Sermon: Show Me

May 7, 2023

Acts 7:55-60
John 14:1-14

by Eric Anderson

The Gospel writer John spent a lot more time on the Last Supper than Matthew, Mark, or Luke. Mark gave it nine verses, Matthew ten. Luke took twenty-five verses to tell the story, more than the other two combined. But John? John gave the Last Supper five full chapters – and there are only twenty-one chapters of the Gospel of John.

Of those five chapters, three consist of what has become known as Jesus’ Farewell Address to his disciples. Nothing else in John’s Gospel receives this much attention, not the crucifixion, not the resurrection. If you want to know what John thought was absolutely vital for us to know, what Jesus said that John truly wanted to amplify and emphasize, here it is. Right here, at the beginning of chapter 14.

“Do not let your hearts be troubled. Believe in God, believe also in me.”

That’s a comforting start, and more comforting than you may recognize. Immediately before this, Jesus had made the well-known prediction that Simon Peter would deny him three times before the night was over.

“Very truly, I tell you, before the cock crows, you will have denied me three times.

“Do not let your hearts be troubled.”

As Sarah Henrich writes at Working Preacher, “In the face of his negative prediction about Peter’s betrayal, almost as if such a betrayal does not matter, Jesus says, ‘Don’t worry.  Trust God and trust me.’”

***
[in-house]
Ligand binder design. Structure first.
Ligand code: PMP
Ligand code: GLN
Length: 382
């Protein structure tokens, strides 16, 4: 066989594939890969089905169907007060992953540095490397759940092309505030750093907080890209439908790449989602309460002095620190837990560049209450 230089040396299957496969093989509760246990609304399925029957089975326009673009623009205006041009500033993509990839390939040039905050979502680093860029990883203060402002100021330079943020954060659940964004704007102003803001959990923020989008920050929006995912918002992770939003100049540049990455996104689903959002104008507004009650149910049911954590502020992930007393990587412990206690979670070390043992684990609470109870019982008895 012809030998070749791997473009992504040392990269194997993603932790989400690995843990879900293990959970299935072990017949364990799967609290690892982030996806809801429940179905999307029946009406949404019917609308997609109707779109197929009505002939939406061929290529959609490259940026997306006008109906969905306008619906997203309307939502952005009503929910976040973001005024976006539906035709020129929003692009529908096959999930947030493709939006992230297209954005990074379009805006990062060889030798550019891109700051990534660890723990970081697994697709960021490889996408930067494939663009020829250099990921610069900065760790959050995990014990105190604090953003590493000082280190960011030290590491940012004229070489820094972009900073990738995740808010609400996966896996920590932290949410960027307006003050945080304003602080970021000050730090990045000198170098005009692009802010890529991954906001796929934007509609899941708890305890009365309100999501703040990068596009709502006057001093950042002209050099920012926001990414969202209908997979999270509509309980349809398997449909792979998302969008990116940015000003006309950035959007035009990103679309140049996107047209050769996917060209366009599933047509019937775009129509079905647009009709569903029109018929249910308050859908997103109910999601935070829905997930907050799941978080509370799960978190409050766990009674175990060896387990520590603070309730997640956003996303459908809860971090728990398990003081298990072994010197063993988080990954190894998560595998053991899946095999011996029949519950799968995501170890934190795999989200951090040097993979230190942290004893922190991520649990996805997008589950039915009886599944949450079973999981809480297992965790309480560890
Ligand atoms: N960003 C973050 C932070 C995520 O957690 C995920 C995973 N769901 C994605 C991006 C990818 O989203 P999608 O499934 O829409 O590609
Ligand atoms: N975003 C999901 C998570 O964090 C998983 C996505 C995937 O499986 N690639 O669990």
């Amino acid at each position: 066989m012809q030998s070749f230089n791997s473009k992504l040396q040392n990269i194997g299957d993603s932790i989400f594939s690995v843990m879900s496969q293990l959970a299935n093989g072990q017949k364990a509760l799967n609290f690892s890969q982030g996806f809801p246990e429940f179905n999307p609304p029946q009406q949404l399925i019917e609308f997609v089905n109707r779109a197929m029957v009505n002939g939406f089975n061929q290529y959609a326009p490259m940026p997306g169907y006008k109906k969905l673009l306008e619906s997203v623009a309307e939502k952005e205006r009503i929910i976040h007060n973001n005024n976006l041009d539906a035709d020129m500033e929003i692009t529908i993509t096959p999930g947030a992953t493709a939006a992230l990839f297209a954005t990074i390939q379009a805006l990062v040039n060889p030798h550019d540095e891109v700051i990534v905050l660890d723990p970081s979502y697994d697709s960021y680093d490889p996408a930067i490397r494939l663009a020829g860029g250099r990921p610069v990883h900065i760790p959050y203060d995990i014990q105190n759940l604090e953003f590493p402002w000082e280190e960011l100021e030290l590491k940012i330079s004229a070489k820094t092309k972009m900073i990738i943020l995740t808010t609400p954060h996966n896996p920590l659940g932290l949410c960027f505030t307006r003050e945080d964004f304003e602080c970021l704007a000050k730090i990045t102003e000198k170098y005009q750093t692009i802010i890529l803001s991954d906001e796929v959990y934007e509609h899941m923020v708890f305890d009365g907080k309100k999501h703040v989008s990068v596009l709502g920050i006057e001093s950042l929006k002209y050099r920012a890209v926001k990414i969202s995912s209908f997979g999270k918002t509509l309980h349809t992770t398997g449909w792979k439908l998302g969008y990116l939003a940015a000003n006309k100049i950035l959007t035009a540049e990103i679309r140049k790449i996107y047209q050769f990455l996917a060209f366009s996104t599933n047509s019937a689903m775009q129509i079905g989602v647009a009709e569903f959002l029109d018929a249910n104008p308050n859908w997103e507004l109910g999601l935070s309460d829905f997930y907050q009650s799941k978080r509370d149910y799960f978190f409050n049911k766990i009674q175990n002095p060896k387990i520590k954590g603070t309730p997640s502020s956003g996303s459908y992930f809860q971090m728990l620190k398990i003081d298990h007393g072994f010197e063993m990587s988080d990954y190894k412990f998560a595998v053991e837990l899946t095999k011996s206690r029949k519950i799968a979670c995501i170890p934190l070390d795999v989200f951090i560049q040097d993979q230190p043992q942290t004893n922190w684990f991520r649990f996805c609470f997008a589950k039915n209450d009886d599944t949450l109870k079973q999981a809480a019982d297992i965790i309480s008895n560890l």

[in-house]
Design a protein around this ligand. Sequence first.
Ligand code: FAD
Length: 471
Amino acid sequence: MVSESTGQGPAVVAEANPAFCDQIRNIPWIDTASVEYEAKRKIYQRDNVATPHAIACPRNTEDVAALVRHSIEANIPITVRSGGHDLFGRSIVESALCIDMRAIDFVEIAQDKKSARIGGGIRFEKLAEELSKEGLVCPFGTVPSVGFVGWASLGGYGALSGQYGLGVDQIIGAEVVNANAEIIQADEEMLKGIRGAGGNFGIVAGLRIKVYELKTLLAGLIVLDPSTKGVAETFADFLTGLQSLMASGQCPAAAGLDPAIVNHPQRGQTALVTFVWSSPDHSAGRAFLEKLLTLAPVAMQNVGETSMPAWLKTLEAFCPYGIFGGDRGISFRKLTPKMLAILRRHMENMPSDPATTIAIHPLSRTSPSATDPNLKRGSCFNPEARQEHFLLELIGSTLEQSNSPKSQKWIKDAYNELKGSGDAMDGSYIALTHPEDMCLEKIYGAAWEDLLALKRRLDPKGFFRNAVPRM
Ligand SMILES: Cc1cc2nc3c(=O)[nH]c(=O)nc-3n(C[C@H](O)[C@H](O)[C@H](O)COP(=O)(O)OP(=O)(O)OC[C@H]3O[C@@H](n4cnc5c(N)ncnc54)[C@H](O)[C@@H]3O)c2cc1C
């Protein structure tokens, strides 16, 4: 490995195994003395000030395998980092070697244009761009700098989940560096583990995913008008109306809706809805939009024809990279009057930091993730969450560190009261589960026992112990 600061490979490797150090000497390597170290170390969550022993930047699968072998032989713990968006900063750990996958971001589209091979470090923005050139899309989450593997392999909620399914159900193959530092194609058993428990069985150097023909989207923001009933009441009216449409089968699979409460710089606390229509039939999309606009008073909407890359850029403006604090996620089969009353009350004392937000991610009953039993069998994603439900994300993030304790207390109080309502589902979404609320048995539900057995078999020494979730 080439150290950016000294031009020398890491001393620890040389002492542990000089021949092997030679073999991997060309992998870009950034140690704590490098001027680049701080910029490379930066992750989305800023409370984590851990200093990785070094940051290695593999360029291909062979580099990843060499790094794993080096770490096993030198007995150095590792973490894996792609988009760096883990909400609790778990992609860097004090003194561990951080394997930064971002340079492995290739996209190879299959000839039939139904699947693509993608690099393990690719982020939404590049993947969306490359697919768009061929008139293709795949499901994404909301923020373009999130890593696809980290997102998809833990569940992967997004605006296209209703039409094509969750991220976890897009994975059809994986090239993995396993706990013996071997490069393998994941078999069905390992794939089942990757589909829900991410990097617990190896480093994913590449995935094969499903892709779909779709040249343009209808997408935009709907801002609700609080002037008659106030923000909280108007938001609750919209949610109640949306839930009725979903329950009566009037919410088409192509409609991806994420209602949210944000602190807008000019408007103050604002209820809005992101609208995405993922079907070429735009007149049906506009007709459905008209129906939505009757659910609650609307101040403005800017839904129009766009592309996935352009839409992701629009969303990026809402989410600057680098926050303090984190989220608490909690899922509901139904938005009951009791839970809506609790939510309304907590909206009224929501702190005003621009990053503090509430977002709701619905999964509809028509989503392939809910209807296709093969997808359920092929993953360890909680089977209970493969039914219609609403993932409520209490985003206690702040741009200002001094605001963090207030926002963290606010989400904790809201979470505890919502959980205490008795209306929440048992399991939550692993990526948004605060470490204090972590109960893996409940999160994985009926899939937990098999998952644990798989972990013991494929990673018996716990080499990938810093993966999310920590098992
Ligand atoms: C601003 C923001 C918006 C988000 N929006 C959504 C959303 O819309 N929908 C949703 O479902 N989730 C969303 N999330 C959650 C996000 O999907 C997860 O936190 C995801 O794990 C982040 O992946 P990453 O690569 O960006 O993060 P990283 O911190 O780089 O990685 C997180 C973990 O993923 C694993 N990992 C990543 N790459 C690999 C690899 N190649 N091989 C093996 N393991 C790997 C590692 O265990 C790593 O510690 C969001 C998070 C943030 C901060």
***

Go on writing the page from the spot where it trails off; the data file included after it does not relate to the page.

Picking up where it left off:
The Farewell Address is off to a reassuring but somewhat rocky start. Simon Peter had actually interrupted Jesus already. Then Thomas got into the act by saying he didn’t know where Jesus was going. It must be said that Jesus didn’t answer his question. “I am the way, the truth, and the life,” he replied. I suspect Jesus thought he’d dropped enough hints about what was coming – his arrest later that night and crucifixion the following morning – that Thomas ought to have known.

Then Philip asked, “Show us the Father and we will be satisfied.” Now that question Jesus answered.

“Have I been with you all this time, Philip, and you still do not know me?” said Jesus. “Whoever has seen me has seen the Father. How can you say, ‘Show us the Father’?”

I have some sympathy for Philip. We each have our own mental portraits of Jesus, and we probably also know that he probably didn’t look like that. What Philip saw before him was a poor man from Galilee, someone from the working class who was, at that moment, many miles from his home in northern Israel. His clothes probably needed washing and you and I would have wondered when he last got a haircut. He’d been a masterful teacher and healer, but just minutes before he’d been on his knees washing Philip’s feet.

Is that what God looks like?

Not to Philip. I don’t know what Philip expected God to look like, but based on encounters with God described in the Bible Philip knew, I can make some guesses. How about a pillar of cloud leading through the desert, one that became a pillar of fire by night? That’s from Exodus. How about smoke and mist in the hall of the Temple – Isaiah and Jeremiah both described something like that. Or strange shapes and living creatures moving through the air, as Ezekiel saw in a vision.